hence we have the recurrence relation:

Given some initial conditions, we can either solve the recurrence entirely or obtain a solution in power series form.

Since the ratio of coefficients is a rational function, the power series can be written as a generalized hypergeometric series.

The previous example involved an indicial polynomial with a repeated root, which gives only one solution to the given differential equation. In general, the Frobenius method gives two independent solutions provided that the indicial equation's roots are not separated by an integer (including zero).

If the root is repeated or the roots differ by an integer, then the second solution can be found using: where is the first solution (based on the larger root in the case of unequal roots), is the smaller root, and the constant C and the coefficients are to be determined. Once is chosen (for example by setting it to 1) then C and the are determined up to but not including , which can be set arbitrarily. This then determines the rest of the In some cases the constant C must be zero.

**Example**: consider the following differential equation (Kummer's equation with *a* = 1 and *b* = 2):
The roots of the indicial equation are −1 and 0. Two independent solutions are and so we see that the logarithm does not appear in any solution. The solution has a power series starting with the power zero. In a power series starting with the recurrence relation places no restriction on the coefficient for the term which can be set arbitrarily. If it is set to zero then with this differential equation all the other coefficients will be zero and we obtain the solution 1/*z*.

In cases in which roots of the indicial polynomial differ by an integer (including zero), the coefficients of all series involved in second linearly independent solutions can be calculated straightforwardly from *tandem recurrence relations*.^{[5]} These tandem relations can be constructed by further developing Frobenius' original invention of differentiating with respect to the parameter *r*, and using this approach to actually calculate the series coefficients in all cases.^{[5]}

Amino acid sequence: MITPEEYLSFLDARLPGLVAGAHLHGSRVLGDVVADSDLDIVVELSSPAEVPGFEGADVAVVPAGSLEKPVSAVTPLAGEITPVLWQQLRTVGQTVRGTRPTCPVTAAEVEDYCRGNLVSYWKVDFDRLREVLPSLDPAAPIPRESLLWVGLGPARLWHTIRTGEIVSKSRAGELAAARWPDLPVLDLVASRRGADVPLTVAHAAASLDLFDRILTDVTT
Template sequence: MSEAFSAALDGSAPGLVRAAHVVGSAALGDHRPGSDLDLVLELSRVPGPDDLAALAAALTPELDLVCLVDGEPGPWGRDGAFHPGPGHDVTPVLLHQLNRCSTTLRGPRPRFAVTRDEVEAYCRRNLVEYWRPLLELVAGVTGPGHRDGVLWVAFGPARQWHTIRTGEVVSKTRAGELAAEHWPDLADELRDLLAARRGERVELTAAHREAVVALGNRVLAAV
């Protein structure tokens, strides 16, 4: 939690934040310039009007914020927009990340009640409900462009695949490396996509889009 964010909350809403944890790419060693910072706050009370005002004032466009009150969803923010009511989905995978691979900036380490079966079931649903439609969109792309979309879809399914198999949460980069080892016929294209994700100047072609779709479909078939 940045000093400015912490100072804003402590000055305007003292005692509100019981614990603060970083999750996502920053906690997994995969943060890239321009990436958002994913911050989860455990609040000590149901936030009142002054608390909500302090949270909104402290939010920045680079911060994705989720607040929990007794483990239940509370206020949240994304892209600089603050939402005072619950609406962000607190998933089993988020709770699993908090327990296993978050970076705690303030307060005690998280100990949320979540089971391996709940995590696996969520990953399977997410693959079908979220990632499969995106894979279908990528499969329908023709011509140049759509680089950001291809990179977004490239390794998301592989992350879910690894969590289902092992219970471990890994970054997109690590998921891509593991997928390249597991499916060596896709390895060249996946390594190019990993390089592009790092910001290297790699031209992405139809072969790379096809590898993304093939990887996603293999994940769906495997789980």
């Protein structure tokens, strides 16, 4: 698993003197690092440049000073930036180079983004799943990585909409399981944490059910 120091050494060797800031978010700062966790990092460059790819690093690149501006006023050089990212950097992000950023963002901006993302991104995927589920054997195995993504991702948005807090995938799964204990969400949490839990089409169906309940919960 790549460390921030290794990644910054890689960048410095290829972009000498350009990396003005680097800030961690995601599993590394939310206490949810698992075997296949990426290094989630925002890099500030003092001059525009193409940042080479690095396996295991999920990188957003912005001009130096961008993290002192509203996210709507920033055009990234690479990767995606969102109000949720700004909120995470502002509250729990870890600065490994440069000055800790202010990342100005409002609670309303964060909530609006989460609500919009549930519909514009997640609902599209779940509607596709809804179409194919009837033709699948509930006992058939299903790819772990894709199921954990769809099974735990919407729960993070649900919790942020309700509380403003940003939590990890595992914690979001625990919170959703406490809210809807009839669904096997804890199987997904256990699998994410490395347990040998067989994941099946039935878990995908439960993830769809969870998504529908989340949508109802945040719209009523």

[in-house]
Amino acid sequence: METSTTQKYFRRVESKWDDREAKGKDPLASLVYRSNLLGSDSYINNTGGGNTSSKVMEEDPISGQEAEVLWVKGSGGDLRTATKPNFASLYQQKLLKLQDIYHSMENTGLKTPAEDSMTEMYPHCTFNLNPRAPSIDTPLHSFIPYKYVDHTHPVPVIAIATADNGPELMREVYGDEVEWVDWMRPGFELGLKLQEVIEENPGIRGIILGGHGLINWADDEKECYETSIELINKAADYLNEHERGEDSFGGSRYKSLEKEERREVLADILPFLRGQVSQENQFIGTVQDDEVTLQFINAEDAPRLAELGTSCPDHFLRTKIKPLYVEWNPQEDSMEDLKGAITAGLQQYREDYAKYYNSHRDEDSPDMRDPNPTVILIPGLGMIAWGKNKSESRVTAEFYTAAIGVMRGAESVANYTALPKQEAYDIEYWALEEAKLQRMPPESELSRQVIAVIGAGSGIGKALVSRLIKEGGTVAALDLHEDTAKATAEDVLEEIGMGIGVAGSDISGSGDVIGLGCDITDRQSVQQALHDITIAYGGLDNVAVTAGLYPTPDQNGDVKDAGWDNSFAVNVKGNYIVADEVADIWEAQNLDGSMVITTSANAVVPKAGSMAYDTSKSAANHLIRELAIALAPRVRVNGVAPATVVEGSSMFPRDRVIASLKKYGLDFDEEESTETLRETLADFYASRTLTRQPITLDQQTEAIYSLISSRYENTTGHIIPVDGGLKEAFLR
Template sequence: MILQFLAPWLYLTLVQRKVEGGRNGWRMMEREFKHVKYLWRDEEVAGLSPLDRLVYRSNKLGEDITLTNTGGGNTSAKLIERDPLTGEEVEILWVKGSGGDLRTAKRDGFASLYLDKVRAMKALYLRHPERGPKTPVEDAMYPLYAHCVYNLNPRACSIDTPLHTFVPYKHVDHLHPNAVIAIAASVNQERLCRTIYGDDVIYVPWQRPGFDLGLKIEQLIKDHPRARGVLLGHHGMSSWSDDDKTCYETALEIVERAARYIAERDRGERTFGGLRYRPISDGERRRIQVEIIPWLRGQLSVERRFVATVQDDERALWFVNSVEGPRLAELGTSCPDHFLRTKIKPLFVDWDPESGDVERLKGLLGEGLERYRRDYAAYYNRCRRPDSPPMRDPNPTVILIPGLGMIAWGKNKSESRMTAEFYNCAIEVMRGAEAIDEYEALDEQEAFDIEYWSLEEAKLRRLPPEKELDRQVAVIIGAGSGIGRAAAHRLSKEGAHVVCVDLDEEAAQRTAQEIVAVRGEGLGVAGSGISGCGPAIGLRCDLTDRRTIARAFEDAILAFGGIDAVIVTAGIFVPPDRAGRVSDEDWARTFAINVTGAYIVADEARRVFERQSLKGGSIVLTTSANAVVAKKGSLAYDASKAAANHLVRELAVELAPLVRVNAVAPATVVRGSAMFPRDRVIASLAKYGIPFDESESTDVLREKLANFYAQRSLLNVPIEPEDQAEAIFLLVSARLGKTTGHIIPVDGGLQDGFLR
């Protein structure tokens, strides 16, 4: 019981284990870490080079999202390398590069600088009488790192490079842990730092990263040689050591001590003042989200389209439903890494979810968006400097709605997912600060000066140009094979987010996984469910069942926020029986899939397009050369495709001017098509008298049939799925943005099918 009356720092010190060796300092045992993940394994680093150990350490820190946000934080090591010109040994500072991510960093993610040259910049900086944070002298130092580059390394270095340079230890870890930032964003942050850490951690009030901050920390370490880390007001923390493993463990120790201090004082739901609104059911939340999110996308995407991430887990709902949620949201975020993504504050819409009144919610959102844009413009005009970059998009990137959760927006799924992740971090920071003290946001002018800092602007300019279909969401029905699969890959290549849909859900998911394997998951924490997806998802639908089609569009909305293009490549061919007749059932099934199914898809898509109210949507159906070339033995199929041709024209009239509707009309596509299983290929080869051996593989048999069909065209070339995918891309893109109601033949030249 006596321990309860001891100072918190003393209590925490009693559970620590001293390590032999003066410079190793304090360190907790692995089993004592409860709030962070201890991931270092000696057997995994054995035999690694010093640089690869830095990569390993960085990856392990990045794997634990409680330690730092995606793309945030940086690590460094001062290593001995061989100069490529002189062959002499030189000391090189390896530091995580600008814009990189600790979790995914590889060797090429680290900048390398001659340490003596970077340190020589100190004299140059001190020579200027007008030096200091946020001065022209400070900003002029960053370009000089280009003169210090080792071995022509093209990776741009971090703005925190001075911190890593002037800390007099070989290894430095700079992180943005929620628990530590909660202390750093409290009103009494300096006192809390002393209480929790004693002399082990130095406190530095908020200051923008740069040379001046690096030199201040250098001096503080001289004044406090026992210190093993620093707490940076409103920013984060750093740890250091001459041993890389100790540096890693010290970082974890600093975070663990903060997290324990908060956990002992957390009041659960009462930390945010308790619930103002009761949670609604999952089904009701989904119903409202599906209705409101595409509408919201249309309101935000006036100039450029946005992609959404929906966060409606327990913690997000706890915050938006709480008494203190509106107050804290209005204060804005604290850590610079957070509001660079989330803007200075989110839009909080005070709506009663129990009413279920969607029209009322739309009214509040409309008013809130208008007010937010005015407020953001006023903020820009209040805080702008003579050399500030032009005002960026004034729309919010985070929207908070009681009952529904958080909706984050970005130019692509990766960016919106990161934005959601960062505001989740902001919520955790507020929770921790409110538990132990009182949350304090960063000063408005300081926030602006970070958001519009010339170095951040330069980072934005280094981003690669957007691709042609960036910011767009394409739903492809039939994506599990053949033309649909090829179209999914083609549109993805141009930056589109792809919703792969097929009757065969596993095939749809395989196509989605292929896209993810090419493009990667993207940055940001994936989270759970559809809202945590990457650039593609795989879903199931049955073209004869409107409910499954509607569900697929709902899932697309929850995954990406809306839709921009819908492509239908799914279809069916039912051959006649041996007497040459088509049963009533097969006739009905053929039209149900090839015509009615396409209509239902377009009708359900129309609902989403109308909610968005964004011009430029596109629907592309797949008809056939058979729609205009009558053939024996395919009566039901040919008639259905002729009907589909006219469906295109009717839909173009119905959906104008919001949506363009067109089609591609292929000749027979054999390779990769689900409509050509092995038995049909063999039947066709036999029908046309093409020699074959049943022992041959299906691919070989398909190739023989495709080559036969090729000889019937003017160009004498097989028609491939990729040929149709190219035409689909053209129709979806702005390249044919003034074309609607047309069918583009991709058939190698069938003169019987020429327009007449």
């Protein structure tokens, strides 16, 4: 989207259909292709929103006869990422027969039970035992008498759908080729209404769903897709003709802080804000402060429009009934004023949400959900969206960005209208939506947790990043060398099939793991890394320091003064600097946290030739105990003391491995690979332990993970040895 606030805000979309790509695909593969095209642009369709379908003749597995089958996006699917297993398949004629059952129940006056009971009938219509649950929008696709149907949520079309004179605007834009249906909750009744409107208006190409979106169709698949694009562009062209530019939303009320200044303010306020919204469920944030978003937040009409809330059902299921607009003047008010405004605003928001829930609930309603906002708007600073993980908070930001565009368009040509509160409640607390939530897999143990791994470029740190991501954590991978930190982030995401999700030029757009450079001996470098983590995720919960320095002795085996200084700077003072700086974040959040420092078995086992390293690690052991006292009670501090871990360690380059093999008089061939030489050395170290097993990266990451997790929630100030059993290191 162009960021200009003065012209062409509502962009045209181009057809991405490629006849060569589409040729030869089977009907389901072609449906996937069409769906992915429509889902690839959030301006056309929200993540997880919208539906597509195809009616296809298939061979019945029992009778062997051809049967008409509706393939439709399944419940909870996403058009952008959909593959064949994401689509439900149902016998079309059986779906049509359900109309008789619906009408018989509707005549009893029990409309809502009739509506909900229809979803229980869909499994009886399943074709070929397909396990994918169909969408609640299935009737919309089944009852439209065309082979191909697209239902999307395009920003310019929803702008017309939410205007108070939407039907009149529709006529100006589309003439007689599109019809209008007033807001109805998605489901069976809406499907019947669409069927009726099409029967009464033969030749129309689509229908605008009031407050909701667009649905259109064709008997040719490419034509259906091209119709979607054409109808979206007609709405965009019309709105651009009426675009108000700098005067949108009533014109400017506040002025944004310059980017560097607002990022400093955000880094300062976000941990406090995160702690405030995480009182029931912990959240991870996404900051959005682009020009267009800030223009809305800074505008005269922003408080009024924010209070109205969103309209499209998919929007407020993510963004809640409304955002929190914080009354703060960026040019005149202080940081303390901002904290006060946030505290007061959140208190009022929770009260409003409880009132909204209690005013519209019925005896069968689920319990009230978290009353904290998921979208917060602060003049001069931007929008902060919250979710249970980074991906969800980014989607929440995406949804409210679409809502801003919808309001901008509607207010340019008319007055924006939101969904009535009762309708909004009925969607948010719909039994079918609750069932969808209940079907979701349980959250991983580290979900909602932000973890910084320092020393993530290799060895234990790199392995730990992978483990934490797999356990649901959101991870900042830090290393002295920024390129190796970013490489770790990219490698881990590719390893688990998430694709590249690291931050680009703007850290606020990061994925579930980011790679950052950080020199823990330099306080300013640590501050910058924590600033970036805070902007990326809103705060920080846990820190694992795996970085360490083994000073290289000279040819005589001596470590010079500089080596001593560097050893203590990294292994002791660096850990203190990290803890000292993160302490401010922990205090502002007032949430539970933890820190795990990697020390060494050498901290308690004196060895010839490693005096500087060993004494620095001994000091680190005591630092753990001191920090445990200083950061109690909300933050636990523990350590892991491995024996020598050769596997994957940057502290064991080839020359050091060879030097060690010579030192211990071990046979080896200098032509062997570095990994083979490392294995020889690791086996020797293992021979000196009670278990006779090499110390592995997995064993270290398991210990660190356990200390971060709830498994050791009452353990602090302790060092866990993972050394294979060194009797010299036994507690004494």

- Weisstein, Eric W. "Frobenius Method".
*MathWorld*. - Teschl, Gerald (2012).
*Ordinary Differential Equations and Dynamical Systems*. Providence: American Mathematical Society. ISBN 978-0-8218-8328-0. (Draft version available online at https://www.mat.univie.ac.at/~gerald/ftp/book-ode/). Chapter 4 contains the full method including proofs.

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^{a}^{b}Frobenius, Ferdinand Georg (1968) [Originally in Journal für die reine und angewandte Mathematik 76, 214-235 (1873)]. "Uber die Integration der linearen Differentialgleichungen durch Reihen".*Gesammelte Abhandlungen*(in German). Berlin: Springer-Verlag. pp. 84–105. - ^
^{a}^{b}Gray, Jeremy (1986).*Linear Differential Equations and Group Theory from Riemann to Poincare*. Boston: Birkhauser. ISBN 0-8176-3318-9. **^**Fuchs, Lazarus Immanuel (1865). "Zur Theorie der linearen Differentialgleichungen mit veranderlichen Coefficienten".*Gesammelte Mathematische Werke von L. Fuchs*(in German). University Of Michigan Library.**^**Fuchs, Lazarus Immanuel (1866). "Zur Theorie der linearen Differentialgleichungen mit veranderlichen Coefficienten".*Journal für die reine und angewandte Mathematik*.**66**: 159–204.- ^
^{a}^{b}^{c}van der Toorn, Ramses (27 December 2022). "Tandem Recurrence Relations for Coefficients of Logarithmic Frobenius Series Solutions about Regular Singular Points".*Axioms*.**12**(1): 32. doi:10.3390/axioms12010032. ISSN 2075-1680.